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Category Archives: overdue

Postdates: Separating Fact from Fiction


So I am now 41 weeks pregnant, and the most common question I am getting is ‘so when are you being induced?’  On facebook, I answered that question ten times over a period of 3 days, so ended up making a new status message that consisted of this:
 
Thankyou for all your questions, thoughts and concerns regarding induction. I am comfortable, and bub is comfortable. I still have 1 more week before I am officially post-term. I will not be getting induced naturally or medically at any stage unless medically indicated. Now no more talk of induction! 😀
But I know that the people who were asking, were only asking and suggesting things because they care about me.  So I looked around and found this fantastic article that has some great research and simple facts that you can share with others.  This link was my status update this morning. This is how I introduced it:
 
Here’s some interesting research regarding ‘late babies’:
“Facts:
• A pregnancy is NOT “Postdates” until after 42 weeks.
• The risk of stillbirth is nearly a flat line between 38 weeks and 43.
• Amniotic fluid is dependent on maternal hydration, in the absence of congenital abnormalities.
• A baby’s weight virtually plateaus after 40 weeks.”
Good to know hey! 🙂 Read the rest of this entry »
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Official recommendations


Here’s a bit of research I have undertaken to find out what the official guidelines are on these potentially contentious issues. Long Pregnancies, PROM, Electronic Fetal Monitoring, Breech Birth and VBAC.  I wanted to find more official guidelines on different topics, but I couldn’t think of more topics to look up!  It’s always good to know what the professional organisations recommend, compared to what your doctor is recommending.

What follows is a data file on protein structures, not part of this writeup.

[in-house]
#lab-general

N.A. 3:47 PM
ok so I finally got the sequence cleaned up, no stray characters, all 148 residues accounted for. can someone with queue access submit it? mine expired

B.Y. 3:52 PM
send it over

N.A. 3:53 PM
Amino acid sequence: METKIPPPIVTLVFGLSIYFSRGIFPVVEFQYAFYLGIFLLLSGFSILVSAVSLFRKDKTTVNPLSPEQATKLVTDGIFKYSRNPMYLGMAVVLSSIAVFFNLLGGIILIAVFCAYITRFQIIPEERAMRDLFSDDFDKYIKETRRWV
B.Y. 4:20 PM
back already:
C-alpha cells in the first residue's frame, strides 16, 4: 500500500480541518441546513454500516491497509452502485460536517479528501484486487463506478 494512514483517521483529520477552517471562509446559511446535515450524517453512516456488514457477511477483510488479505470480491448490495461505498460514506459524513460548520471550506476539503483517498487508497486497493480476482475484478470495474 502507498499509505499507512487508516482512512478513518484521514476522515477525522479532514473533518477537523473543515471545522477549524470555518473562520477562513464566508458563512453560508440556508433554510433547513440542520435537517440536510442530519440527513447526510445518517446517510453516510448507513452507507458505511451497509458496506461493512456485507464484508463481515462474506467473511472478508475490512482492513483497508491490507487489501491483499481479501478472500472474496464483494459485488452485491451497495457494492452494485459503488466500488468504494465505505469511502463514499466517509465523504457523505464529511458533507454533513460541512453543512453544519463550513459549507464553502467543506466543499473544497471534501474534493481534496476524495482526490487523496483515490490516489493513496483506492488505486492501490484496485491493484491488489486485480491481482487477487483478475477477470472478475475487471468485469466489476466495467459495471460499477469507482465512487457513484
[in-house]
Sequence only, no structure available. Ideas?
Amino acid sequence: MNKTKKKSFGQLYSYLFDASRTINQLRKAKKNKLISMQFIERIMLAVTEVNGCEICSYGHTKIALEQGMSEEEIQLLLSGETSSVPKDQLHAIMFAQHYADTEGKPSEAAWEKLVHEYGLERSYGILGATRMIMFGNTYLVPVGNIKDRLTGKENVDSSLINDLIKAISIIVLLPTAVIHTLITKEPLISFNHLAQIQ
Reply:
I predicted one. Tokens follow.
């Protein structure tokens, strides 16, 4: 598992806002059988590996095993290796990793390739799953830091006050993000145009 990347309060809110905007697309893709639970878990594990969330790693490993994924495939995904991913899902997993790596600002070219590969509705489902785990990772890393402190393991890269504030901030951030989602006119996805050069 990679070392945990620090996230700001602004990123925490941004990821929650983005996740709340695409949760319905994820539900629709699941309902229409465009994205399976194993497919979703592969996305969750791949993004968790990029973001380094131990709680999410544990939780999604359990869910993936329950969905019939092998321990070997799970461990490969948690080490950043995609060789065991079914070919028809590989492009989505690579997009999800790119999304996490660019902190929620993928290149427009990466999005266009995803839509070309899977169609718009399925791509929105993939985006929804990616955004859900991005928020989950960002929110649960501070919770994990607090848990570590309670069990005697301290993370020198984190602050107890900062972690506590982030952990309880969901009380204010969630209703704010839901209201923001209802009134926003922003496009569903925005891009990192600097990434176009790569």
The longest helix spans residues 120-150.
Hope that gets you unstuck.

ACOG (American College of Obstetricians & Gynecologists) on
Long pregnancies
2006
http://www.acog.org/publications/patient_education/bp069.cfm

Most women give birth between 38 and 42 weeks of pregnancy. But very few babies are born on their due dates. It is normal to give birth as much as 3 weeks before or 2 weeks after your due date.

A postterm pregnancy is one that lasts 42 weeks or longer.

Problems occur in only a small portion of postterm pregnancies. Most women who give birth after the due date have healthy newborns. Read the rest of this entry »

 

Your Body, Your Birth, Your Baby


The Mumma who wrote this – Birth Without Fear, is absolutely awesome!  She runs a Facebook group by that same name, and is currently encouraging over 6,300 women to birth without fear!  It’s a fantastic community – everyone supports one another, and there really is a lot of very healthy discussion about a whole range of issues. I’d fully encourage every pregnant woman, or even every woman thinking about becoming pregnant, to join that community, and either participate, or sit back and learn from some very learned ladies! https://www.facebook.com/birthwithoutfear 

Your Body, Your Birth, Your Baby

http://birthwithoutfearblog.com/2010/11/12/your-body-your-birth-your-baby/
by Birth Without Fear on November 12, 2010

OB, doctor, pregnancy, birthI do not know where women got the idea that doctors are a ‘knight in shining armor’ here to rescue them. Actually, the AMA has been incredible at making themselves fit that role. Regardless, it’s a lie.

When I hear a mama say, “They are going to let me…” I cringe. I absolutely want to vomit. Since when do they own you?! IT IS NOT UP TO THEM how and where you birth. It is up to YOU!

You have been deceived. Your doctor is not a knight in shining armor here to save the day. You do not have to just be happy with what they will and will not let you do. You do not need saving. Read the rest of this entry »

 

Pregnancy is not 40 weeks long


Wednesday, September 09, 2009

The Lie of the Estimated Due Date (EDD): Why Your Due Date Is Not What You Think
http://www.drmomma.org/2009/06/lie-of-estimated-due-date-edd-why-your.html

By Misha Safranski
posted with permission